Dubai offers an attractive outlet for tourists from around the world. From awe-inspiring skylines, to gilded shopping malls, luxurious resorts, sunny beaches, and countless restaurants, this pearl in the desert is an oasis for travelers seeking adventure, relaxation, and indulgence. This city also offers a rich cultural heritage linked to its history as an important trading port in the Middle East. Much of it is intangible; its ever-developing culture having passed down through storytelling, poetry, song, and dance. Haggling for gold and spices in Dubai’s busy and bustling souks is still common practice, while falconry is enjoyed, and birds are even allowed to travel on airlines in passenger seats in the Emirates. Going on desert safaris from the top of a camel, smoking sheesha, enjoying plates of hummus from an outdoor cafe, and sightseeing from the deck of an antique-style wooden dhow boat are all unique and unmissable Dubai activities. Yet Dubai’s rich cultural history is also rooted in centuries-old Islamic customs, laws, and regulations that dictate how the emirate functions, and tourists should be aware of them prior to visiting. To clear up any misconceptions and help you plan your visit, we've put together a list of Dubai travel tips for brand-new visitors to the city, to maximize your enjoyment in the emirate.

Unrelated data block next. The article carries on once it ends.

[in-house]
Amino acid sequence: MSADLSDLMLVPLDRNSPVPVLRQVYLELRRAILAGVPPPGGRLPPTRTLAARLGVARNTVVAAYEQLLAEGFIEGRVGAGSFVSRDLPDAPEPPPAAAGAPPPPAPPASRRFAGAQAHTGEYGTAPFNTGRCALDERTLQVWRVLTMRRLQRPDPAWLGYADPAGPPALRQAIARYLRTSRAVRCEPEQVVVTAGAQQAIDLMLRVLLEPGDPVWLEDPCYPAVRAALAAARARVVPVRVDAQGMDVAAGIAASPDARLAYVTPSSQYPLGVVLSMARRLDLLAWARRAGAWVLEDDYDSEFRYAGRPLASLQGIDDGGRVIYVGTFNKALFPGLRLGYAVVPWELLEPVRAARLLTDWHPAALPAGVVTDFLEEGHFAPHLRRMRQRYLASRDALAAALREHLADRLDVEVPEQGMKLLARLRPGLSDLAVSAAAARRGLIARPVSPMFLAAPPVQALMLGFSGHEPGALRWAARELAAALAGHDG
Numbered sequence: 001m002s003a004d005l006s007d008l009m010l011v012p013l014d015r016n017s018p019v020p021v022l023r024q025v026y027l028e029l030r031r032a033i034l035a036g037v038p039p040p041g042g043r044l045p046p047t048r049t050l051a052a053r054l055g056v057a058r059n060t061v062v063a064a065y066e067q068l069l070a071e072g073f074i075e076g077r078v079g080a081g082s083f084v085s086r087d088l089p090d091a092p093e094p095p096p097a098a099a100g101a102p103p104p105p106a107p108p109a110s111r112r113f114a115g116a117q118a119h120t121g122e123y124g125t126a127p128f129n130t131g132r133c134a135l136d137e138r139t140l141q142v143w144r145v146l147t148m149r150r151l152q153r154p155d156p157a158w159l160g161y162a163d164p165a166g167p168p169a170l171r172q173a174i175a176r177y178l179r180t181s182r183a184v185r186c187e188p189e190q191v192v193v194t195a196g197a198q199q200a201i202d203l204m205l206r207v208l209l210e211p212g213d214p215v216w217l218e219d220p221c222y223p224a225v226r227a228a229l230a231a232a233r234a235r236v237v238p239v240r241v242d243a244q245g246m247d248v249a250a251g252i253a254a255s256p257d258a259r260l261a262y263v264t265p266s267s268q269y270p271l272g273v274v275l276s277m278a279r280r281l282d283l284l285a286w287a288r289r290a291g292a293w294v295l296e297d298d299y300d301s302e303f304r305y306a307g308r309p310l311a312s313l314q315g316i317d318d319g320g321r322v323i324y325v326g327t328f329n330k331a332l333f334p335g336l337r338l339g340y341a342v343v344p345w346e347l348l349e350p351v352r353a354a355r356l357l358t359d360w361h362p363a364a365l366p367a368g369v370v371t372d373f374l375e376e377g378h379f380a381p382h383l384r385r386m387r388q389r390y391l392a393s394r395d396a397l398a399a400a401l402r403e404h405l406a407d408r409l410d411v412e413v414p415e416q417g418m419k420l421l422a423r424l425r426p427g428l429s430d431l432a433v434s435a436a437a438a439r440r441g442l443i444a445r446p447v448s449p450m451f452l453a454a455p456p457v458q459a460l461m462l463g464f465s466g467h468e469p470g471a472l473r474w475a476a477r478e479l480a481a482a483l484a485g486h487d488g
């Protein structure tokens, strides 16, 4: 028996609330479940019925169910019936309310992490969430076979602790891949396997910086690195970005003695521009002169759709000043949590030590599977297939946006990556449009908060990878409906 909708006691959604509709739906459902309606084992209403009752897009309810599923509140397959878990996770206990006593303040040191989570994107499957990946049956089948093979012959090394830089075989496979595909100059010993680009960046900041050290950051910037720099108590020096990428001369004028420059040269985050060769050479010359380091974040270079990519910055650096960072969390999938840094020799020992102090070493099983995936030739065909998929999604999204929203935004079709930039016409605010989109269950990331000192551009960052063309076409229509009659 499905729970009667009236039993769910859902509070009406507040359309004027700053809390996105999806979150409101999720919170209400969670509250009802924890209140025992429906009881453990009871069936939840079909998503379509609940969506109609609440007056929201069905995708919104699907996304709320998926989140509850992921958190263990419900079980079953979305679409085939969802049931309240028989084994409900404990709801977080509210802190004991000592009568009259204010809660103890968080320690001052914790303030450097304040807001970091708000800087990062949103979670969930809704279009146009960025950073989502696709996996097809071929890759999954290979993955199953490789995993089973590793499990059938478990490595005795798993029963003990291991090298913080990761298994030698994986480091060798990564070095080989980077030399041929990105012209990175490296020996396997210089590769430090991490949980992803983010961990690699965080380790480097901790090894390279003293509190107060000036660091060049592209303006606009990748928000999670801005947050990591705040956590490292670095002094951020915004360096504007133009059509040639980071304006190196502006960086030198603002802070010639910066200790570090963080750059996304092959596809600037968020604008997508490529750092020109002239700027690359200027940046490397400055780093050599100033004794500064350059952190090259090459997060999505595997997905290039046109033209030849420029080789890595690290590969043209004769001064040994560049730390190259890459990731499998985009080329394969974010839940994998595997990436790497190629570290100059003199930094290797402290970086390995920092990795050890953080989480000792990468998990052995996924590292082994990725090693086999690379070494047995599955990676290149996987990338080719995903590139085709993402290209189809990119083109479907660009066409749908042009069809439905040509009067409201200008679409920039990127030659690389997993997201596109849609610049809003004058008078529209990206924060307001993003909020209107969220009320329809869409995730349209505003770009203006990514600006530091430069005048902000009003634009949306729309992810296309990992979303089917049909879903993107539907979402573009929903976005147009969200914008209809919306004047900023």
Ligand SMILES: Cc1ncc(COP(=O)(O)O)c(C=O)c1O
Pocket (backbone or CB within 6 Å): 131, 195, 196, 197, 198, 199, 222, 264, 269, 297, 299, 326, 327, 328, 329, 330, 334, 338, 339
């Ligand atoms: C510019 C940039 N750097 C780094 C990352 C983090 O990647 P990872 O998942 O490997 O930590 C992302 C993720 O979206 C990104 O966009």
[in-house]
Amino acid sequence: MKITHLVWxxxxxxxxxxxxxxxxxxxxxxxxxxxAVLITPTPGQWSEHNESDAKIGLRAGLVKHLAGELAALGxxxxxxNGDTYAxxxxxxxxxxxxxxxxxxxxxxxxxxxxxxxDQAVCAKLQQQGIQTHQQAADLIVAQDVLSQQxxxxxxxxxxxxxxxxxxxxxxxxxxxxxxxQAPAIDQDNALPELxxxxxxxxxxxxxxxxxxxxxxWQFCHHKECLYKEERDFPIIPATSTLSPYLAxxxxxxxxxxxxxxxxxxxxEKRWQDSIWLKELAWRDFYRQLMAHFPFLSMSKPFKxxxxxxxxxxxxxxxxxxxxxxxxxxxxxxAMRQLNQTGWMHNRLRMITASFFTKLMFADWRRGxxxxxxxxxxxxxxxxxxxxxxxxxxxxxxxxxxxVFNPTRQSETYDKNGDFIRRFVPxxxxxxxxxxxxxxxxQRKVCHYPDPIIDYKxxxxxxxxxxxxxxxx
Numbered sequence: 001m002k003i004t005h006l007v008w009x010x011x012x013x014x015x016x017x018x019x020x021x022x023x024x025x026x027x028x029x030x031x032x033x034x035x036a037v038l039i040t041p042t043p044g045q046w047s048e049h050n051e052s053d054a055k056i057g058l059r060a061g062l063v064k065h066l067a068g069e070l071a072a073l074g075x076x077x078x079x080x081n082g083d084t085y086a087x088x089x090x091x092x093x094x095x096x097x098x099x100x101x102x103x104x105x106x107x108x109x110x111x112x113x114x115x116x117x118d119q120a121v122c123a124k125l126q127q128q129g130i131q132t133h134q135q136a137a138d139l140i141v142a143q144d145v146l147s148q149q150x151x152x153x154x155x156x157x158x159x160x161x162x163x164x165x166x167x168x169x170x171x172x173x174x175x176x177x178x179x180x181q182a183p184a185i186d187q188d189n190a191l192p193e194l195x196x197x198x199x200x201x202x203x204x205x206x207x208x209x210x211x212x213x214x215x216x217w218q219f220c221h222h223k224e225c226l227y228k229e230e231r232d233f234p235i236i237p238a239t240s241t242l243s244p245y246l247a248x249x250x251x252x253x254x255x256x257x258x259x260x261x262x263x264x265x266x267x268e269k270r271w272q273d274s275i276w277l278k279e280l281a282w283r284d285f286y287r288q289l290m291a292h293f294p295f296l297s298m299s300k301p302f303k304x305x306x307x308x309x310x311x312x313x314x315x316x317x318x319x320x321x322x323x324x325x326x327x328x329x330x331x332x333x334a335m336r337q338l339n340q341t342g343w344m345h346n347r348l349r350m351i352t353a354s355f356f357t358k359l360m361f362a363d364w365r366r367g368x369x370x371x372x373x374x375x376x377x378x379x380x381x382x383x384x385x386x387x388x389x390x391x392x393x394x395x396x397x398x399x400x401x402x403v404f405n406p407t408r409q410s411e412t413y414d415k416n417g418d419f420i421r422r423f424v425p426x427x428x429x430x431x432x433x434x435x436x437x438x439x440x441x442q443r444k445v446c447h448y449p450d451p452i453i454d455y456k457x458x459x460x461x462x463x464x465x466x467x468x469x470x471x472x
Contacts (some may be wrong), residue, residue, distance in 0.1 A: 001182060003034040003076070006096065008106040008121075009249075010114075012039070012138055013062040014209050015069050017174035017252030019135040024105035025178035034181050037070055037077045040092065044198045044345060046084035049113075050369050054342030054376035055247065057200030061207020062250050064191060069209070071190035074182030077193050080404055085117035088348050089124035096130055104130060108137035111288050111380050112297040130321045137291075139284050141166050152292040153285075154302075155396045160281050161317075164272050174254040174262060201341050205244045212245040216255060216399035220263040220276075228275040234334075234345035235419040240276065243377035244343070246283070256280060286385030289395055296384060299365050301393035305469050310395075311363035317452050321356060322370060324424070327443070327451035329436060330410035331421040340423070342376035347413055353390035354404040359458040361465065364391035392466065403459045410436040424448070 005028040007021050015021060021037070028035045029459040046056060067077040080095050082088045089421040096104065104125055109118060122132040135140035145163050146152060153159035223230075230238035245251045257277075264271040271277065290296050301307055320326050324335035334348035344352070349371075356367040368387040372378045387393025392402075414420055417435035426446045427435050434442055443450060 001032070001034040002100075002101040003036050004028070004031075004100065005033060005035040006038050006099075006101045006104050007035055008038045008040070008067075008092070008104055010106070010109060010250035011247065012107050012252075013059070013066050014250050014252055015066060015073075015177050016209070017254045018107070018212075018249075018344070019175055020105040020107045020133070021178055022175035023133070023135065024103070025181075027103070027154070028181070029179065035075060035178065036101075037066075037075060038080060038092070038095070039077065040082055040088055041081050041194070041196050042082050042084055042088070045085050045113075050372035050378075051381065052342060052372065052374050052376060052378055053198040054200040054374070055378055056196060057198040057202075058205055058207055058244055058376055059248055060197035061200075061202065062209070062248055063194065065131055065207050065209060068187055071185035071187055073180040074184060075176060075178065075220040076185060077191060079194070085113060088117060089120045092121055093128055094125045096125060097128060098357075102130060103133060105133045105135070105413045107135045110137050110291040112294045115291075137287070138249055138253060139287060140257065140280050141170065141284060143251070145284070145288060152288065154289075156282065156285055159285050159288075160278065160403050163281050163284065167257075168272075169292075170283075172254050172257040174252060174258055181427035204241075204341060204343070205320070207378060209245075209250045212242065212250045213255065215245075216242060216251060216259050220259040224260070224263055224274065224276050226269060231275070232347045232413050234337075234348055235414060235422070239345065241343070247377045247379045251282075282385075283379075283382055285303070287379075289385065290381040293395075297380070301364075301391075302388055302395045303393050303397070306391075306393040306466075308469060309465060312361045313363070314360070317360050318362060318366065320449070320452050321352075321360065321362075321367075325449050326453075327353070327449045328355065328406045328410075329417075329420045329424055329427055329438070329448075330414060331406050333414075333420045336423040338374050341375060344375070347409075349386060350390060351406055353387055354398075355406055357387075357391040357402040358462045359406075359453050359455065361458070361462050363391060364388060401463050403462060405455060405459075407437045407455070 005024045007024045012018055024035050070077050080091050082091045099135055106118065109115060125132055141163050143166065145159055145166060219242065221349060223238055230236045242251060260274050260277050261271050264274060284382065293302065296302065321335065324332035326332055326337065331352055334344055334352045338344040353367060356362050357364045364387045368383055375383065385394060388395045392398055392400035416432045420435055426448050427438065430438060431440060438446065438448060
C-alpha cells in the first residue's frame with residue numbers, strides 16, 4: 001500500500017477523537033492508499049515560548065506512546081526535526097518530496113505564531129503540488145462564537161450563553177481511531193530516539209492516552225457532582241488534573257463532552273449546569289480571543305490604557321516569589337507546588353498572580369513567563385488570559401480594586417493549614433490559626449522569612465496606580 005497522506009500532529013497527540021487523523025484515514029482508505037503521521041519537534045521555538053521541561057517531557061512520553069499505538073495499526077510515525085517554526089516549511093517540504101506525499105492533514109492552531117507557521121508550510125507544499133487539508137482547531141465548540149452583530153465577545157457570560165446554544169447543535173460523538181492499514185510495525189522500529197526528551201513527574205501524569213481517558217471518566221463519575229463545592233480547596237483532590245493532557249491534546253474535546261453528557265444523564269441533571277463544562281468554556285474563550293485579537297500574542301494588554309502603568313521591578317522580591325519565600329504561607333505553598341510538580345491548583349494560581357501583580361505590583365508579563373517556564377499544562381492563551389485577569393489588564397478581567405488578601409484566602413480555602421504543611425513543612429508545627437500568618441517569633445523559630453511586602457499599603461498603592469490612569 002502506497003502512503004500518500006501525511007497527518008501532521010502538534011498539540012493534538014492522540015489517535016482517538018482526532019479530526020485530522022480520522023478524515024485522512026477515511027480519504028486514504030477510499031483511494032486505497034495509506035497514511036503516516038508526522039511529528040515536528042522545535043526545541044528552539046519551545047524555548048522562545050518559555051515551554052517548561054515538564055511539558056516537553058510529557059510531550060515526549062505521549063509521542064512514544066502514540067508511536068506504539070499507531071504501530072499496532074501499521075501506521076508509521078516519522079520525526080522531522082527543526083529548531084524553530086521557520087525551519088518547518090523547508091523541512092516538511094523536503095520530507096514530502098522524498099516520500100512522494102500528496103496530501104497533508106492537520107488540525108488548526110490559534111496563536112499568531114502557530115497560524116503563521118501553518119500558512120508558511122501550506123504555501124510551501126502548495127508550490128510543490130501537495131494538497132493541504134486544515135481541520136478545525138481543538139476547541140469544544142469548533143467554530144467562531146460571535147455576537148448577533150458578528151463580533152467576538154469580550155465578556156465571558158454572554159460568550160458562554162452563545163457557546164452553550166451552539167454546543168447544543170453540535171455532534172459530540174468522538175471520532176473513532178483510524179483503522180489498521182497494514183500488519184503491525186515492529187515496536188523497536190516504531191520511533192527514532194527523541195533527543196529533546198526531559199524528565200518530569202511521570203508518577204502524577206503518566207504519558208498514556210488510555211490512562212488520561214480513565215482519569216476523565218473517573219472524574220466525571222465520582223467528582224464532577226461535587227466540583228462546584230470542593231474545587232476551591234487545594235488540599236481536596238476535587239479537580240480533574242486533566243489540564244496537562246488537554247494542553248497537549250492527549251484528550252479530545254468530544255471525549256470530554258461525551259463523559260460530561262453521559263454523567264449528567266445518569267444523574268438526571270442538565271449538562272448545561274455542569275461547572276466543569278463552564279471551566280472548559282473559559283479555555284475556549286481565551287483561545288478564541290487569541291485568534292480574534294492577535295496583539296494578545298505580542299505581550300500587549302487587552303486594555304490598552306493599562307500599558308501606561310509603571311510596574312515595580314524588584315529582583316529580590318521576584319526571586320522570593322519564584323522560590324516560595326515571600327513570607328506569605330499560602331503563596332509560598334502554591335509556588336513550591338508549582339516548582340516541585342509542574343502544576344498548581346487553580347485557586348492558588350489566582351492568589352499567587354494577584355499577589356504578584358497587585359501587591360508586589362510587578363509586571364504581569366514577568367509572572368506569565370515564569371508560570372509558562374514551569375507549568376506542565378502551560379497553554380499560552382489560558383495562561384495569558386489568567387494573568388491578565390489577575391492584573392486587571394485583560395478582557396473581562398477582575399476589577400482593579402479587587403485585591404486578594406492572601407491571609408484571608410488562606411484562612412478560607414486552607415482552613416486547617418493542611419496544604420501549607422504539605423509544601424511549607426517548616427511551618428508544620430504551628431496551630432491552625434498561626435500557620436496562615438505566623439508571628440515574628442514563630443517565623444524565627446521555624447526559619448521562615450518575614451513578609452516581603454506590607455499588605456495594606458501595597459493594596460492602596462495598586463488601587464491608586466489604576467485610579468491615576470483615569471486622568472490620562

Save on Admission to Top Attractions
Dubai has worked hard to attract tourists from all over the world, including Europe and the United States. There are plenty of top attractions where you can kick back and relax the way you would on a beach in Oahu, where the kids can play like they would in your backyard, and where you can eat the kinds of meals you're accustomed to at home. Of course, there's something really inspiring about enjoying some aspects of traditional Bedouin culture, too, like on a dhow cruise or desert safari. Make a list of what you want to see and do while you're in Dubai, and enjoy the mixture of modern and traditional that this fascinating city has to offer. The Go Dubai Card includes admission to dozens of top attractions, including...